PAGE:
Article | 3:14 min read

What to Know About Investing in Real Estate


It's a good time to consider making investments in real estate. The nation's housing market is looking up and demand for rental properties continues to soar. If that's not enough incentive, Zillow reported home values are expected to rise 2.6 percent over the next year [1].

But where should amateur investors start? It can be a tricky subject to broach for those who haven't previously ventured into in the market.

Some people look to buy small apartments where they can rent out various units to tenants. Others hope to buy distressed properties, complete a series of renovations and then sell them in a timely matter for a profit.

Leonard Baron, a self-published author on real estate investing and a lecturer at San Diego State University, told U.S. News & World Report there are two methods most people should consider when looking to get into the world of real estate: direct ownership or buying shares in a real estate investment trust (REIT) [2].

Rich Ellinger of Wealthminder, a financial planning, investing and retirement firm, told Zillow REITs act like stocks. They have the potential for capital appreciation and the potential for loss.

"Although subject to economic fluctuation, REITs have performed well in the past few decades," Ellinger said. "Over the past 20 years, REITs have appreciated approximately 13 percent per year - the top among all equity classes."

Meanwhile, direct ownership can be a strong route compared to REITs because the investor owns the property, rather than just a stake in a particular building.

Baron warned investors to do their homework before becoming direct owners of property.

"It's a very complicated asset," Baron said. "But because it's a physical asset, people think it isn't complicated. People way underestimate the number of issues that come up."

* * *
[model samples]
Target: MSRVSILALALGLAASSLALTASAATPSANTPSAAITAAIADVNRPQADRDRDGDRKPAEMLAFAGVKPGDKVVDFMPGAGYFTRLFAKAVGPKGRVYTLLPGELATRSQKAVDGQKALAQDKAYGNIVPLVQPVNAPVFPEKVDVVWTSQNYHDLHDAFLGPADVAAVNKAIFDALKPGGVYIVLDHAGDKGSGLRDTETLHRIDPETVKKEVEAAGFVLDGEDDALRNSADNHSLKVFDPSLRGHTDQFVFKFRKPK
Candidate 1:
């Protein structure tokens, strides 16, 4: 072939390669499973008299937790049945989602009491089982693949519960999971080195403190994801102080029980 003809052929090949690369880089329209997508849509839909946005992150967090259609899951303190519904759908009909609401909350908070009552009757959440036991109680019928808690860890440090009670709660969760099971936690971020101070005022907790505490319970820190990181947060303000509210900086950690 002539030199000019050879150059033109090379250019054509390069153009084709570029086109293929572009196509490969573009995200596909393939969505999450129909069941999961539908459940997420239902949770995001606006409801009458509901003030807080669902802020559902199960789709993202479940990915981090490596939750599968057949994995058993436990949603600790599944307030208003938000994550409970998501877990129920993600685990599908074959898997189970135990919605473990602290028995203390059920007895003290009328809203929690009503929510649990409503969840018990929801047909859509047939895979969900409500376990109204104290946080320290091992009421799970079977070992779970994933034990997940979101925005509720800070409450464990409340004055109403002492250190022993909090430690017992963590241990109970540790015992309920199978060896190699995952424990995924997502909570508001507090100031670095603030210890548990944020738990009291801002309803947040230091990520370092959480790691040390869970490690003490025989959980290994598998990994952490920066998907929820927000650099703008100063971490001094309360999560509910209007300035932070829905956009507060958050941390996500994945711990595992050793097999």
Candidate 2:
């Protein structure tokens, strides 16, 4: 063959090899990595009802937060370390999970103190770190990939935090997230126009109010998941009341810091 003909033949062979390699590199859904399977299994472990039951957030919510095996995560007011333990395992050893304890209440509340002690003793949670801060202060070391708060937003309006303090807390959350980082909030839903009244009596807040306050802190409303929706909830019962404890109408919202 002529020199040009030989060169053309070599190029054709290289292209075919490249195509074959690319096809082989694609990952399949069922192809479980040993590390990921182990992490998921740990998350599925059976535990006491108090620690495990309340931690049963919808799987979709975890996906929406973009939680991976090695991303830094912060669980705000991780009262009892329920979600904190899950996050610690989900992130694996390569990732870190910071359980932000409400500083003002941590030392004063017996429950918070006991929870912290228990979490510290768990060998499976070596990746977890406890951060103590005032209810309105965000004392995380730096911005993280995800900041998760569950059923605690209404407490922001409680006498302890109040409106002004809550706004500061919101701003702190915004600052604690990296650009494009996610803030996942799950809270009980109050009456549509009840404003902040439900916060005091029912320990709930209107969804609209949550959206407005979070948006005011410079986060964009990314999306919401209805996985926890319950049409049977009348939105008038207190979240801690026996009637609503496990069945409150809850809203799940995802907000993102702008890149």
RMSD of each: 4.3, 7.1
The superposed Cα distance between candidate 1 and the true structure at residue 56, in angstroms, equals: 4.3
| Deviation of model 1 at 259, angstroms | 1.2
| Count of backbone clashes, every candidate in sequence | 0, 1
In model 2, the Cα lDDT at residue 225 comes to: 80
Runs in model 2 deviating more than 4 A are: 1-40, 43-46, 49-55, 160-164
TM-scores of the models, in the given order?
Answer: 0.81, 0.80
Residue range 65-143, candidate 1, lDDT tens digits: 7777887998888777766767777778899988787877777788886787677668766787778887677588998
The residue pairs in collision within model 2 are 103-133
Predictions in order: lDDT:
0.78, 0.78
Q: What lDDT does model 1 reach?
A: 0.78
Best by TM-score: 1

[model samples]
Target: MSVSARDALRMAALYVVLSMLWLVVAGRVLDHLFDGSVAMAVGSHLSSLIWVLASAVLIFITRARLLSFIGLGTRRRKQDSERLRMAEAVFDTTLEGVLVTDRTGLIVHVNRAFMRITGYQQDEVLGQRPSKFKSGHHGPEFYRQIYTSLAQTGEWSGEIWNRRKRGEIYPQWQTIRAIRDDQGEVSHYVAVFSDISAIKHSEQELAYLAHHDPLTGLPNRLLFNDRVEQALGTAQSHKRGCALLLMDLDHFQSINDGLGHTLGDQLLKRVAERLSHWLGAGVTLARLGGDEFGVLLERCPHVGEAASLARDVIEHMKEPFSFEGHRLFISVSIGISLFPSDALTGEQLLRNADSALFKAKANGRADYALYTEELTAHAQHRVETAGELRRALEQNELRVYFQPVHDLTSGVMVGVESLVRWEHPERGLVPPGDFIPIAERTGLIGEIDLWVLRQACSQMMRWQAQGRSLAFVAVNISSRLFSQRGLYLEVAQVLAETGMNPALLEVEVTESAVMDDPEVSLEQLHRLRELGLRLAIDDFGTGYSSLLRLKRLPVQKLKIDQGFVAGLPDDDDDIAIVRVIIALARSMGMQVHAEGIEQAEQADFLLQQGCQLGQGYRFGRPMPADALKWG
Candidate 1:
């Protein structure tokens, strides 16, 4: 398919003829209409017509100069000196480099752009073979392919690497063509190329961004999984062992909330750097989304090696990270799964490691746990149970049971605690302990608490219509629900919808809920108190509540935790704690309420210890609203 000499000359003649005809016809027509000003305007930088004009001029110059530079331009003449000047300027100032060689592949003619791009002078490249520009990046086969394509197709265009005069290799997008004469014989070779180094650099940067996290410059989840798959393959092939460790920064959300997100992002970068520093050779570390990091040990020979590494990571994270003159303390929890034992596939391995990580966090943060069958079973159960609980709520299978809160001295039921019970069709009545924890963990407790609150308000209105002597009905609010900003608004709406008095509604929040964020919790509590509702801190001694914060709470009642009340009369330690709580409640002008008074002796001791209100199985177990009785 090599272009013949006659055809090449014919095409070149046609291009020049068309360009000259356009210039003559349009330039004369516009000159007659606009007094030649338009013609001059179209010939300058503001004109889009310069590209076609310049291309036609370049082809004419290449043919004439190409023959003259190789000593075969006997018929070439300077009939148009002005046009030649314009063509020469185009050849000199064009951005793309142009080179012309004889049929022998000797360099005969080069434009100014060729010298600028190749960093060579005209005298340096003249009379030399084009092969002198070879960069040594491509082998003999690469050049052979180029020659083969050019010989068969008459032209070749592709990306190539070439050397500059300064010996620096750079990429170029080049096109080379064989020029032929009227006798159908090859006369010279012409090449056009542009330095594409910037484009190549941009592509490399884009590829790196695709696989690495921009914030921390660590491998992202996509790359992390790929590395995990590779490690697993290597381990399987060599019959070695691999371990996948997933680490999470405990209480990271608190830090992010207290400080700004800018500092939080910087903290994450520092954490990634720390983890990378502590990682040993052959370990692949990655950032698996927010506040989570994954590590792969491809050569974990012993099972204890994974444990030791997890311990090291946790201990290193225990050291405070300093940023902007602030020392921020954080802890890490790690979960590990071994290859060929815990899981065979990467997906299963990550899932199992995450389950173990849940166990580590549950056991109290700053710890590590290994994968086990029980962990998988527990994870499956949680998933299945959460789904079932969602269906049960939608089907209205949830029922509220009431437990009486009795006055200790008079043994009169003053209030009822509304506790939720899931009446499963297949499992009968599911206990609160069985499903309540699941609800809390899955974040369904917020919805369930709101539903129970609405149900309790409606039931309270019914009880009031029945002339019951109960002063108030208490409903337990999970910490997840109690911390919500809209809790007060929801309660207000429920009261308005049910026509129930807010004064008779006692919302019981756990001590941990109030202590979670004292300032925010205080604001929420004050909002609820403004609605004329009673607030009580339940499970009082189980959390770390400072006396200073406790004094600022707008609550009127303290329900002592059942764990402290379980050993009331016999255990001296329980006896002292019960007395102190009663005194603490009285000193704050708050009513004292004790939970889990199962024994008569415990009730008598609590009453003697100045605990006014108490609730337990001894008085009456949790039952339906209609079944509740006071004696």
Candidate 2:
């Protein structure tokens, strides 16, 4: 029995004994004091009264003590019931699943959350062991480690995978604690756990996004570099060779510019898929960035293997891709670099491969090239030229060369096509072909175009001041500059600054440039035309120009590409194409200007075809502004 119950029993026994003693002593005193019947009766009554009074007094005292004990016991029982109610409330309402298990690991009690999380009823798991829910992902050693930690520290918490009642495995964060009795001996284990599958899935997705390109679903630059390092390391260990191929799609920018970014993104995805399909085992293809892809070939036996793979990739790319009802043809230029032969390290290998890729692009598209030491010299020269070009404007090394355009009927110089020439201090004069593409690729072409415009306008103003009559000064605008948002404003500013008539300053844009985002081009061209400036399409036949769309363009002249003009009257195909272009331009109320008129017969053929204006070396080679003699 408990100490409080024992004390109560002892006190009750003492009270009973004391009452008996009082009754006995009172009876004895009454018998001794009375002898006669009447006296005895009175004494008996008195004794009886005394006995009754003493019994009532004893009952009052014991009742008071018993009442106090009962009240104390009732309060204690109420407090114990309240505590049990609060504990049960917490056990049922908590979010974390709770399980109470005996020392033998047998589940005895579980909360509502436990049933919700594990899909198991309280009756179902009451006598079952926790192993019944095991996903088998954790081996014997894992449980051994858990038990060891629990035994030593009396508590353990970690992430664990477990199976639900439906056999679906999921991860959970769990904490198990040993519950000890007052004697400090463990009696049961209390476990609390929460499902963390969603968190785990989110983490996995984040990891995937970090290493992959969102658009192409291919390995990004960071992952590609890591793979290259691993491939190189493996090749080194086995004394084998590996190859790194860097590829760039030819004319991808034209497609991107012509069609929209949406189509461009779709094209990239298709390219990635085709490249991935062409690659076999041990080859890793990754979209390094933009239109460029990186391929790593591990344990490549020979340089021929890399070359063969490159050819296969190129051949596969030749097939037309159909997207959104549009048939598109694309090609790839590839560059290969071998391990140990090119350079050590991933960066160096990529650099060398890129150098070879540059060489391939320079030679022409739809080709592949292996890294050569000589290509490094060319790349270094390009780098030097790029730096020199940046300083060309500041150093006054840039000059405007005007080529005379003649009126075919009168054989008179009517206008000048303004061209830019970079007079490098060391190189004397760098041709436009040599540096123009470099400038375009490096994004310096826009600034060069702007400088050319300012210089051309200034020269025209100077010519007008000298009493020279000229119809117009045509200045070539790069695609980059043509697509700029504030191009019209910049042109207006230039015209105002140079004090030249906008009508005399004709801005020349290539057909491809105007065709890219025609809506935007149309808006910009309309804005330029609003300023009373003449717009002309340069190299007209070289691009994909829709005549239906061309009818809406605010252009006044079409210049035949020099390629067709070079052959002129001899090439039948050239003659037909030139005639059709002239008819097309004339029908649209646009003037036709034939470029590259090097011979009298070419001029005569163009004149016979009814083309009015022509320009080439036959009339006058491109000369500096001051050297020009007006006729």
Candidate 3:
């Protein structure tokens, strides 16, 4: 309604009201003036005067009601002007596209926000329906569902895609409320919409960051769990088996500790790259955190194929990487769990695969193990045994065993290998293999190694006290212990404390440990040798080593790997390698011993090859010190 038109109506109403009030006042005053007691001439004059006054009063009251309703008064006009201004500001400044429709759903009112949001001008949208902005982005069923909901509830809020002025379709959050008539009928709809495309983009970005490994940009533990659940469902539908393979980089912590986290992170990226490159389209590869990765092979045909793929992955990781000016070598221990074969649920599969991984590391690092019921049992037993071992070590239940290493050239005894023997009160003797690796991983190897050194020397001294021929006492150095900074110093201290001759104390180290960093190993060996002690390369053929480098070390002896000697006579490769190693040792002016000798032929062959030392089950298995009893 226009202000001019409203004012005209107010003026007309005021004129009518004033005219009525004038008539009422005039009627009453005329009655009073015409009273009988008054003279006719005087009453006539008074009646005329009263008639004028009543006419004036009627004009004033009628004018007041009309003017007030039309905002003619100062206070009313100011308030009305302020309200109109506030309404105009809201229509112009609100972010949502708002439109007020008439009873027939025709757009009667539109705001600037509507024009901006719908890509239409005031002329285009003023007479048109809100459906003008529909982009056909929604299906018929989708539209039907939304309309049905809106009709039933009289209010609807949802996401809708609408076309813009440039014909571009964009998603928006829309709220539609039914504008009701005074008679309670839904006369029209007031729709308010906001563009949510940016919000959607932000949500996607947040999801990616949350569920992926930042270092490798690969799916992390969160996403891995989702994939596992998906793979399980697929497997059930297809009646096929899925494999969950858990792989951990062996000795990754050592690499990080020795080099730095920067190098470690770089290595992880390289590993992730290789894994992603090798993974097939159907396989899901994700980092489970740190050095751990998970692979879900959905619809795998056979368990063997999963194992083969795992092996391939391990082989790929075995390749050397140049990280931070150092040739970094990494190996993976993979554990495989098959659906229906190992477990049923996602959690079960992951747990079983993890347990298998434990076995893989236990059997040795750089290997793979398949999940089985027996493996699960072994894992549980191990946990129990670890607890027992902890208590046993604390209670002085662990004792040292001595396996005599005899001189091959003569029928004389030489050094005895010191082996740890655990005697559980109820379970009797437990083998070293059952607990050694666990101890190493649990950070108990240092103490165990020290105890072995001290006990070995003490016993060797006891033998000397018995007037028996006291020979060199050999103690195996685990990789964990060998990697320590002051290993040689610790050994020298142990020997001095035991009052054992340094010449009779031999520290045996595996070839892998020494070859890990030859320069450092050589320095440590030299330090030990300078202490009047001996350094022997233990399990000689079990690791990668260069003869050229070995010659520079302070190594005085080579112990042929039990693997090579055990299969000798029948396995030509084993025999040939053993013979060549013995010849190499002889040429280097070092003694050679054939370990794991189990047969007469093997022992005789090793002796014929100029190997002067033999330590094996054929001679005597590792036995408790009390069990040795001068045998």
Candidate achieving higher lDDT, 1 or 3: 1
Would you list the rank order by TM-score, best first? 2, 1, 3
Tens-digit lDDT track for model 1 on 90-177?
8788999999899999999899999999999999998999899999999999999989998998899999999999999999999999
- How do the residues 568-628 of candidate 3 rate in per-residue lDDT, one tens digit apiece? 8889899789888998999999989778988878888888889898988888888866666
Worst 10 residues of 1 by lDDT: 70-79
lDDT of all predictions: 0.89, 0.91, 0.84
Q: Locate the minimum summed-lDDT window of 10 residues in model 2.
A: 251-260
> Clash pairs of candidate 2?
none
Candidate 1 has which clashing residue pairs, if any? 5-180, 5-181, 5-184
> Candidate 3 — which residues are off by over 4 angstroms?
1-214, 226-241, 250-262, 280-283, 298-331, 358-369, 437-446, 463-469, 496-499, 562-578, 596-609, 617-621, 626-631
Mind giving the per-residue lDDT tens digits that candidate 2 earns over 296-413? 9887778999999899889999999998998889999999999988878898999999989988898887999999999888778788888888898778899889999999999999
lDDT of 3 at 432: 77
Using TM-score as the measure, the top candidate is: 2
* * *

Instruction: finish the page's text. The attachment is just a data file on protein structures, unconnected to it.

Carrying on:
Warning call
Baron warned people against taking investment advice from a real estate agent and assuming their own personal background in owning a home translates to managing a rental.

Prospective investors should avoid listening to real estate agents about what properties will yield a strong return because real estate agents are looking to make a commission on the property the investor buys. This means they might be less than impartial when choosing a unit.

Meanwhile, people shouldn't lean on their homeownership experiences too much because meeting rental regulations is a different realm. Renting out a property is distinct from owning a home because the owner will need to make sure the building meets certain guidelines. That includes following all safety guidelines, keeping up with fair housing rental regulations and making sure the building meets all city codes.

Considering cash flow
While flipping a home has it's upside, Zillow reported most owners don't net a large profit when they sell shortly after their initial purchase.

House flipping can be a smart option for those who are experienced in construction or home renovation, but those who don't know how to renovate a home might want to consider a different path to real estate investments.

Andy Prescott, who runs the savings website, Art of Being Cheap, told Zillow he subtracted all of his expected monthly payments of owning a home - mortgage, insurance and taxes - from the amount he expected to receive for renting out the property.

"If that number had been close to zero, I would have been nervous about unexpected expenses, but since I had a few hundred dollars cushion I knew renting my home out would work out well," Prescott said.

One problem home flippers have is if the property doesn't sell quickly, because they will still have to pay taxes on the property and keep up with any needed maintenance. However, when this occurs, home flippers can choose to rent the property instead of keeping it listed on the market to take care of some of those costs.

[1]. How to Get Started in Real Estate Investing

[2]. How to Begin Investing in Real Estate

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